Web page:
Sanjeeb Bhandari, Vuong Nguyen, Mark Gillies
Purpose: To evaluate outcomes and factors predict- ing visual acuity (VA) change after cataract surgery in eyes treated with intravitreal injections for dia- betic macular oedema (DME).
Methods: Eyes receiving cataract surgery that were tracked by the diabetic retinopathy module of the Fight Retinal Blindness (FRB)! Project database were analyzed. These eyes were compared to a cohort of phakic eyes from the database matched 1:1 on the following characteristics: treatment duration before cataract surgery, prior treatment status, year of starting treatment with intravitreal injections, and VA, age & central subﬁeld thickness (CST) at baseline.
Results: Cataract surgery was performed on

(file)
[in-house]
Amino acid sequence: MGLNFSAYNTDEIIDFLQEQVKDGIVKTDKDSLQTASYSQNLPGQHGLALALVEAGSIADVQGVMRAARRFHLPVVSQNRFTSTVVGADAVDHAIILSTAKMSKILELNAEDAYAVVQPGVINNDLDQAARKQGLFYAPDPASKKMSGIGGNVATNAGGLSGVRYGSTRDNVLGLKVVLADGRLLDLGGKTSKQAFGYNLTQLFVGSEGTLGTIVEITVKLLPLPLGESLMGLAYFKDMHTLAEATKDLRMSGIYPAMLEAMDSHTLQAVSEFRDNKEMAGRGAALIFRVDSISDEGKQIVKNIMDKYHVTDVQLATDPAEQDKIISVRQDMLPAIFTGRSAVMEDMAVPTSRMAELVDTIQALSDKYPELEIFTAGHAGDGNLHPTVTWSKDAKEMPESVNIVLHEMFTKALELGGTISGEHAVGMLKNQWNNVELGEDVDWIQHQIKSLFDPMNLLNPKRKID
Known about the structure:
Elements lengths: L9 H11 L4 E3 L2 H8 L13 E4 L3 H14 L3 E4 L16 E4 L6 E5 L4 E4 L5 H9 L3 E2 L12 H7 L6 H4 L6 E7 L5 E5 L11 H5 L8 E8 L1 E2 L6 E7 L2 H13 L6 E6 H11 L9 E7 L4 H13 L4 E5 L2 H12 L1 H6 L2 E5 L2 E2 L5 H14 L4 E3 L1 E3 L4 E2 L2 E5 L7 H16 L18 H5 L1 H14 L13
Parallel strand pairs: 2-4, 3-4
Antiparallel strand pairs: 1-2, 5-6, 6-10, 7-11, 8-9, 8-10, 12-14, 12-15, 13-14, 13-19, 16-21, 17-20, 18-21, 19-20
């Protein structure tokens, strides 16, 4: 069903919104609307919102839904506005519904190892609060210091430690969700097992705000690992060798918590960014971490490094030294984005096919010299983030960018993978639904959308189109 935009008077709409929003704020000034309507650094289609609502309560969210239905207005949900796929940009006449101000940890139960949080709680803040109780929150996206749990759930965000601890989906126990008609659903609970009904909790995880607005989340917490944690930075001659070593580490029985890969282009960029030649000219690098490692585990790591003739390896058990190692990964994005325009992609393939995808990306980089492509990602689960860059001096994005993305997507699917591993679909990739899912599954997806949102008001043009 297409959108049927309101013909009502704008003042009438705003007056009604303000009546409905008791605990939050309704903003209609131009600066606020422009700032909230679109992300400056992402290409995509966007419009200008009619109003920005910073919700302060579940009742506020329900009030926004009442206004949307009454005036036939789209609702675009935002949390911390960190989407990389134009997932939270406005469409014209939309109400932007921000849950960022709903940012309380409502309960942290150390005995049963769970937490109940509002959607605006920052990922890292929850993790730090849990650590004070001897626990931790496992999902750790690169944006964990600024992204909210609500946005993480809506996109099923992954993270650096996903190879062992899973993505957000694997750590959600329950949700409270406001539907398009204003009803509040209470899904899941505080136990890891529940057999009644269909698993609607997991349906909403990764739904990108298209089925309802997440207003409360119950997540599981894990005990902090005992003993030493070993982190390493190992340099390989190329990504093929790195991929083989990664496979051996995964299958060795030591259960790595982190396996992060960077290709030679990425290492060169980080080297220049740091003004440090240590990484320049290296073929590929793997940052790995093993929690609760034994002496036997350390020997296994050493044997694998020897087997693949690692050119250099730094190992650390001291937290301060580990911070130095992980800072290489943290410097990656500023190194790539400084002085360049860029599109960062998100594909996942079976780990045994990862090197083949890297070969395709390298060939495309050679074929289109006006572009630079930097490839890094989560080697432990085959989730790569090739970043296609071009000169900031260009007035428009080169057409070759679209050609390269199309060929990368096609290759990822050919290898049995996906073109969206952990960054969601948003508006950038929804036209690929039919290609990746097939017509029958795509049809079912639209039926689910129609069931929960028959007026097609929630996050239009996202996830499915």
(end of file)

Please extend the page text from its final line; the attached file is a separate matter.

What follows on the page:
108 eyes. Mean VA improved by 8.7 letters (P < 0.001)); 25.1% gained≥15 letters while 0.9% lost≥15 letters. Mean CST and number of injections 6 months before and after surgery were similar (354.4 vs 375.9; P = 0.11 & 2.9 vs 2.7; P = 0.3). CST decreased from baseline in both groups, but eyes with cataract had thicker foveas and were receiving more injec- tions than their controls both before and after sur- gery. Younger patients were more likely to gain vision (P = 0.003) and eyes with lower visual acuity were likely to gain ≥ 15 letters (P < 0.001). Eyes with centre-involving macular oedema prior to sur- gery were likely to lose vision (P = 0.028). We found no evidence that an injection of a VEGF inhibitor or steroid within 4 weeks before surgery was beneﬁcial. Conclusion: We found reasonably good visual and anatomic outcomes after removal of cataracts from eyes with DME. Further studies are warranted to determine whether eyes that are developing cataract are more likely to develop DME.